Chris Paul has been a master of the old man game forever, but it now finally matches his actual age. 33 going on 34, for a six-foot-nothing guard, is something close to an expiration date. Allen Iverson was on a quarter-season retirement tour with the Sixers by that point. Tim Hardaway, Mark Price, and Mo Cheeks were all cooked or close to it. Isiah Thomas retired at 32. If you’re looking for a model of small guy longevity in the modern NBA, the obvious answer is John Stockton. When he turned 35, Jerry Sloan started resting him more, hard-capping his minutes at 30 a night. 

He doesn’t take the very best care of himself. He’s not a workout freak like his friend LeBron. Paul typically shows up for the season a little puffy and plays himself into peak condition around February. On the court, he takes it easy, pushes himself only when he absolutely has to, saves everything he can for the playoffs. Teaming up with James Harden has helped ease his workload. He can take possessions off, let the MVP work while he idly spaces the floor by standing still. His balky right knee necessitates this approach, but you get the feeling Paul would have figured it out regardless. He’s a highly intelligent player, but he is also, pointedly, about expressing that intelligence. The numerous dressings down of teammates, needling refs about the finer points of the rules, until recently commanding control of every offense he’s ever run: that’s all Chris Paul insisting upon his identity as a basketball genius. You might be faster or stronger than he is, but you’re not going to outthink him. 

He’s probably looking into science that can implant his brain in De’Aaron Fox’s body, but in the meantime, Paul is having to make due with a deteriorating frame, and that’s increasingly becoming a problem he can’t solve. He used to be the best point guard defender in the league. That’s now a skill he can summon only in spurts, if that. Separating himself from his opponent is more difficult than it has ever been. His leaping ability, never great, is pretty much completely gone. And there hangs over him, perpetually, the chance that he’s going to tweak something in his lower body and miss a month of games. It famously happened at the worst possible time last year, just as the Rockets were on the verge of eliminating the Warriors and Paul, personally, was extremely close to finding the kind of postseason success that had eluded him his entire career. Houston would have walloped Cleveland in the Finals, if they had found a way past Golden State. In the biggest moment of his career, Chris Paul didn’t get to have a say.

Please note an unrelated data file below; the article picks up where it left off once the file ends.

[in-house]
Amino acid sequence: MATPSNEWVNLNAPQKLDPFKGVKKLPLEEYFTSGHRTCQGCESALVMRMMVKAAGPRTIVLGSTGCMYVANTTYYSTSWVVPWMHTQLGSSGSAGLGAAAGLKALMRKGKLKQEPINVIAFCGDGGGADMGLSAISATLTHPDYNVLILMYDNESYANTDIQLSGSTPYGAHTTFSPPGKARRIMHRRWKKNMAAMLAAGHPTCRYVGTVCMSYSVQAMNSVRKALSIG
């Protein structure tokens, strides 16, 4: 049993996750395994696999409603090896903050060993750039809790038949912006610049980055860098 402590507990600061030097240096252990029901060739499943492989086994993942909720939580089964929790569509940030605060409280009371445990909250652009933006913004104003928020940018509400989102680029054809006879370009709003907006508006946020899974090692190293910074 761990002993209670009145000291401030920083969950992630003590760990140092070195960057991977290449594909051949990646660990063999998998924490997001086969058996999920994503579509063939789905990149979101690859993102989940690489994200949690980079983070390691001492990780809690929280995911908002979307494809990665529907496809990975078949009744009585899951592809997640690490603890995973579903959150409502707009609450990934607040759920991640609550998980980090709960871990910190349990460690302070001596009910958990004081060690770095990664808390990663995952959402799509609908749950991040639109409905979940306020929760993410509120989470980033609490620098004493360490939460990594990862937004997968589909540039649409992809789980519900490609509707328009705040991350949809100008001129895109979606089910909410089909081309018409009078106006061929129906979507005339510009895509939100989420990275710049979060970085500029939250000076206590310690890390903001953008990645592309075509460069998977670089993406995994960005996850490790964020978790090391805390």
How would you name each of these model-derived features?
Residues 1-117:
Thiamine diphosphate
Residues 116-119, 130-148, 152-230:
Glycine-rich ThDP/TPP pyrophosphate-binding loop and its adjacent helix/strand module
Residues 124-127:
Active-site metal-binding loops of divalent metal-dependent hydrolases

There is something acutely tragic about the greatest control freak of his generation sitting courtside, immobilized while his championship-caliber team gets bounced from the playoffs. Paul has spent a decade-plus raging against his own helplessness, trying and failing to perfectly manipulate his teammates with his mind, hiding none of his exasperation when they don’t meet his steep expectations. He’s a tennis player in a team sport, and his blood pressure is worse for it. That handsome beard, if it reflected his true inner state, would be Gandalf-white. He did his best to coach his flagging Rockets squad through two elimination games, but then he does that when he’s playing anyway. They needed him on the floor—to get Clint Capela an easy bucket, to make a single galdarned three in Game 7—and he wasn’t available. Crushing, even for a non-neurotic. It must have driven Paul to weeks-long sleeplessness. 

Doubly devastating: he might never have that good a shot again. It was an ideal setup—two games to knock the Warriors out, the Rockets defending Durant, Curry, and Klay about as well as any team ever has—blown by crummy luck. Paul will always have a 99th-percentile understanding of the game, but he’s already not the player he was a few seasons ago. To say he’s going to maintain his current level for another two years would be the height of optimism and the product of punctiliously careful minutes-management. (Mike D’Antoni needs to put him on a strict Stockton Protocol yesterday.) 

Paul won’t fall off a cliff unless he tears his Achilles or something like that, but he’s operating within a rapidly closing window, trending towards Barkley-dom, a ringless all-timer. There has been a sense, the whole way, that this isn’t his fault. It mostly hasn’t been. He’s gotten hurt, teammates have gotten hurt, better teams have overcome his. (That Game 5 in Oklahoma City, though, he owns completely.) An NBA career is not an individual achievement, or it is not only that. Fortune and circumstance play a huge part. Paul surely grasps this, but that’s no solace. He’s increasingly defined by the anguish produced by the gap between how he wishes things worked and how he knows they actually do. Of course all you can do is work—control the pace of play, hit a pull-up, find the open shooter—and he will, until his body doesn’t permit him to do so anymore. Chris Paul is skilled and smart and tough as hell. Is that enough? It’s not really up to him. How unfair. 

More 2018 Futures: Kevin LoveManu GinobiliMarcus SmartJohn WallDevin BookerPaul GeorgeBlake GriffinTrae YoungKenneth FariedJoakim NoahMike ConleyBen McLemoreKawhi LeonardAaron GordonDanilo GallinariWayne EllingtonFrank KaminskyDonovan Mitchell, Chris PaulJrue HolidayPaul MillsapKris DunnJimmy ButlerJoel EmbiidVictor OladipoKevin DurantC.J. McCollumLeBron JamesGiannis AntetokounmpoLuka Doncic